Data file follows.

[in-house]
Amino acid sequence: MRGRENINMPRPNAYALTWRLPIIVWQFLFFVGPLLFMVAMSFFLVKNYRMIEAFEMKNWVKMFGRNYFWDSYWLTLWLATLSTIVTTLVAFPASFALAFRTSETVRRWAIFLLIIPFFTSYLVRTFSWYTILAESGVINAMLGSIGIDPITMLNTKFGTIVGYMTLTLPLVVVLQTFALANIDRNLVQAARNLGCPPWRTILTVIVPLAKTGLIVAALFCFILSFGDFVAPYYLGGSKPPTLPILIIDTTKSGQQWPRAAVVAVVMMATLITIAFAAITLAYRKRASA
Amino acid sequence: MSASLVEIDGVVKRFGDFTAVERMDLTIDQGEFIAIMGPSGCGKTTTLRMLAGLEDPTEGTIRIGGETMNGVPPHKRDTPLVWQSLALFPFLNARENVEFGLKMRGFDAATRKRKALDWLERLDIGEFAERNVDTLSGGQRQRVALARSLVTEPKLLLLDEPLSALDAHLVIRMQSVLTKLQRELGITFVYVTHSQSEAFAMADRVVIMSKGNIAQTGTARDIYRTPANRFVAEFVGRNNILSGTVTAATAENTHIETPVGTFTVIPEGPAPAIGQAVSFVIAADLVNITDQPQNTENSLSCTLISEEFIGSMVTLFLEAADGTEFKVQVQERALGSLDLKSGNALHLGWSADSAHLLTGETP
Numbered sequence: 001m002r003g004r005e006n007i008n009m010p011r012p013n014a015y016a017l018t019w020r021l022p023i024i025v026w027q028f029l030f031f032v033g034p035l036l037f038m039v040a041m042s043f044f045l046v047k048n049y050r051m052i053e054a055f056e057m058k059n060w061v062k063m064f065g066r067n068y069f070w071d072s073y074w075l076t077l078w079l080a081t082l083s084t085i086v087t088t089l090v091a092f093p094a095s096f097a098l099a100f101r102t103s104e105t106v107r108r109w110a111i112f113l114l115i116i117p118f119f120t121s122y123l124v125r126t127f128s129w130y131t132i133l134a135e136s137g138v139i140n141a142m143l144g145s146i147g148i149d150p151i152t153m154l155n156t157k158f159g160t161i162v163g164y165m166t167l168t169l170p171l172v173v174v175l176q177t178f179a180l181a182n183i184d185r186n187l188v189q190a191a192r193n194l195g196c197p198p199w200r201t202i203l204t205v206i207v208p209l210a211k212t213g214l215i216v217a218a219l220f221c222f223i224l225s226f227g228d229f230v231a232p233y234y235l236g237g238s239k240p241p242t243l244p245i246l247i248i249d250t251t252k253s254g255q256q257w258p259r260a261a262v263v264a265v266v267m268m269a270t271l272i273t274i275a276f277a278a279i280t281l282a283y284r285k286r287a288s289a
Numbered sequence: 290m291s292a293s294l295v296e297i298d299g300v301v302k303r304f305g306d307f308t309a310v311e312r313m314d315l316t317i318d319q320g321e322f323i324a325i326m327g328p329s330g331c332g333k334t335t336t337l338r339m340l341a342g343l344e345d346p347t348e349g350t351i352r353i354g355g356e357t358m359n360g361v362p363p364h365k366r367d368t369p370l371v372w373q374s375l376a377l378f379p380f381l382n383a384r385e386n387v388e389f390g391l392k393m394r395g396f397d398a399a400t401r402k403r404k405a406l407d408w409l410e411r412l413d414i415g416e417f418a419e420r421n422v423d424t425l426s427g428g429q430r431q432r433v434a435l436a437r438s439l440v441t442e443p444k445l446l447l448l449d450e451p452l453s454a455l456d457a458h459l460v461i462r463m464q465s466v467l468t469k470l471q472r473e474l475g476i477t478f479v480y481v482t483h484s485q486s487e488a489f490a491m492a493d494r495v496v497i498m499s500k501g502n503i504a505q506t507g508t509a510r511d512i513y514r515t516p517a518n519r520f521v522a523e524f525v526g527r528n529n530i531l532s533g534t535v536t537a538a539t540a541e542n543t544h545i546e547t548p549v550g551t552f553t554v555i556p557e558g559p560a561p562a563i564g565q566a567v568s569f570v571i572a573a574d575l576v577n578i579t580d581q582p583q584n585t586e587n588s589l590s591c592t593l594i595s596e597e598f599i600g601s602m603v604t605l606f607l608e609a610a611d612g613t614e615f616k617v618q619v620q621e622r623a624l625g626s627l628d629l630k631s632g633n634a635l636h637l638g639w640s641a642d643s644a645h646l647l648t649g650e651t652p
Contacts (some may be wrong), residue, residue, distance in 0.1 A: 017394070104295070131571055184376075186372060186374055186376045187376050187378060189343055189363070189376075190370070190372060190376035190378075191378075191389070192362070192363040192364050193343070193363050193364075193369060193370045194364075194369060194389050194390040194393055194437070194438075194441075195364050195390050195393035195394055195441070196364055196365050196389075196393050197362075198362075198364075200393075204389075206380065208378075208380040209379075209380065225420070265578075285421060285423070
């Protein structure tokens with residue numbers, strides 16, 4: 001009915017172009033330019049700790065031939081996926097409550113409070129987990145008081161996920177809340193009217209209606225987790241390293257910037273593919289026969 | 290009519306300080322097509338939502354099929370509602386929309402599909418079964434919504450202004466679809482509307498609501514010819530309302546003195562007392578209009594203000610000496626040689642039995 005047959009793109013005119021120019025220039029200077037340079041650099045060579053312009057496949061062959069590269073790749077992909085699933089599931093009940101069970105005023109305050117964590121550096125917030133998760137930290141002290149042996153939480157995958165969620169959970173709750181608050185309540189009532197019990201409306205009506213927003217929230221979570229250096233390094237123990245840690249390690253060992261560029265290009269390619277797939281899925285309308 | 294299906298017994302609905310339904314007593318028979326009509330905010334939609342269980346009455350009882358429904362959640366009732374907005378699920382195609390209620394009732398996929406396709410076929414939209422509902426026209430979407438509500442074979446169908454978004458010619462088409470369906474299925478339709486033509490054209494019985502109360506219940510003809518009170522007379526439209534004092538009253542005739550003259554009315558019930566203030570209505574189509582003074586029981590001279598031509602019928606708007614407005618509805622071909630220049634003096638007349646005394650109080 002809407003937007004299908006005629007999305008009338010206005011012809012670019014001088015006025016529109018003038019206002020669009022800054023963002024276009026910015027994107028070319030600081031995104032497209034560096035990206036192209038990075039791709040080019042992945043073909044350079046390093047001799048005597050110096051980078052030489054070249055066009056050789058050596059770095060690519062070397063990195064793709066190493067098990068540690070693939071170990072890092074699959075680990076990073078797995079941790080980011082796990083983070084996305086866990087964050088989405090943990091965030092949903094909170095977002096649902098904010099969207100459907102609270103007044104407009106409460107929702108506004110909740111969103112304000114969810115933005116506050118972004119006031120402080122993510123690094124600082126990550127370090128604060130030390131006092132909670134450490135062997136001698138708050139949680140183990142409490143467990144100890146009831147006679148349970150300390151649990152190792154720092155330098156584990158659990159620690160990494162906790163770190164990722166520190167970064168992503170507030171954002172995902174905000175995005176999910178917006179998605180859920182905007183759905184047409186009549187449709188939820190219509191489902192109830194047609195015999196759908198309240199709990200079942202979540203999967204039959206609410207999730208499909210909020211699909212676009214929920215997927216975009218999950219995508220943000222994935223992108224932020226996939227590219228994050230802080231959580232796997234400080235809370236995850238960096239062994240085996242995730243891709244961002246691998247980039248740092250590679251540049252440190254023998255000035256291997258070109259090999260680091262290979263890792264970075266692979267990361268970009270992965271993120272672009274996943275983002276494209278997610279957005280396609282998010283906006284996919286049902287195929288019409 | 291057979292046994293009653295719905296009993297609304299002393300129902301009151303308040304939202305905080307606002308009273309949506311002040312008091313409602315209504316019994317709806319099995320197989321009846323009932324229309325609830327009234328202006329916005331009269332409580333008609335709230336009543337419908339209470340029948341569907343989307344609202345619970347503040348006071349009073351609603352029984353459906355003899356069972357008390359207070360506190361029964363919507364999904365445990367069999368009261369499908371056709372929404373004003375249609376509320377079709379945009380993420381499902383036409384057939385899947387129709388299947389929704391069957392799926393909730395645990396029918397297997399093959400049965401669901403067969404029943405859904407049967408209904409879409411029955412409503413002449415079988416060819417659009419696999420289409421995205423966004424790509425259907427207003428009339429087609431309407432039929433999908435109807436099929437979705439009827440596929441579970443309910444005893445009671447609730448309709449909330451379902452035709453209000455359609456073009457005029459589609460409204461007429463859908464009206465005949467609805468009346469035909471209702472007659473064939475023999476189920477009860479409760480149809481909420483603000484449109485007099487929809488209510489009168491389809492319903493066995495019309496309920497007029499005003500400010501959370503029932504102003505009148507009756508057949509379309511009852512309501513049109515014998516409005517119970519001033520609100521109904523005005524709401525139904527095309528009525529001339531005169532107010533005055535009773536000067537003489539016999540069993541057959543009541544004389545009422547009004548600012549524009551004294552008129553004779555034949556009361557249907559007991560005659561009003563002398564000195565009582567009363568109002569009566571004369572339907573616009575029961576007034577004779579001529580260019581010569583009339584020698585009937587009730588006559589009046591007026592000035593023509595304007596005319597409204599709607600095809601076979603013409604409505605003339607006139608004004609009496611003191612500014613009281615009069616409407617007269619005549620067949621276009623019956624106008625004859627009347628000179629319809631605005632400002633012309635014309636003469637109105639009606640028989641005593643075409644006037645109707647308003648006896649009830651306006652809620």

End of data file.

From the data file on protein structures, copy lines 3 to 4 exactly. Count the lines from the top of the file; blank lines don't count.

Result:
Amino acid sequence: MSASLVEIDGVVKRFGDFTAVERMDLTIDQGEFIAIMGPSGCGKTTTLRMLAGLEDPTEGTIRIGGETMNGVPPHKRDTPLVWQSLALFPFLNARENVEFGLKMRGFDAATRKRKALDWLERLDIGEFAERNVDTLSGGQRQRVALARSLVTEPKLLLLDEPLSALDAHLVIRMQSVLTKLQRELGITFVYVTHSQSEAFAMADRVVIMSKGNIAQTGTARDIYRTPANRFVAEFVGRNNILSGTVTAATAENTHIETPVGTFTVIPEGPAPAIGQAVSFVIAADLVNITDQPQNTENSLSCTLISEEFIGSMVTLFLEAADGTEFKVQVQERALGSLDLKSGNALHLGWSADSAHLLTGETP
Numbered sequence: 001m002r003g004r005e006n007i008n009m010p011r012p013n014a015y016a017l018t019w020r021l022p023i024i025v026w027q028f029l030f031f032v033g034p035l036l037f038m039v040a041m042s043f044f045l046v047k048n049y050r051m052i053e054a055f056e057m058k059n060w061v062k063m064f065g066r067n068y069f070w071d072s073y074w075l076t077l078w079l080a081t082l083s084t085i086v087t088t089l090v091a092f093p094a095s096f097a098l099a100f101r102t103s104e105t106v107r108r109w110a111i112f113l114l115i116i117p118f119f120t121s122y123l124v125r126t127f128s129w130y131t132i133l134a135e136s137g138v139i140n141a142m143l144g145s146i147g148i149d150p151i152t153m154l155n156t157k158f159g160t161i162v163g164y165m166t167l168t169l170p171l172v173v174v175l176q177t178f179a180l181a182n183i184d185r186n187l188v189q190a191a192r193n194l195g196c197p198p199w200r201t202i203l204t205v206i207v208p209l210a211k212t213g214l215i216v217a218a219l220f221c222f223i224l225s226f227g228d229f230v231a232p233y234y235l236g237g238s239k240p241p242t243l244p245i246l247i248i249d250t251t252k253s254g255q256q257w258p259r260a261a262v263v264a265v266v267m268m269a270t271l272i273t274i275a276f277a278a279i280t281l282a283y284r285k286r287a288s289a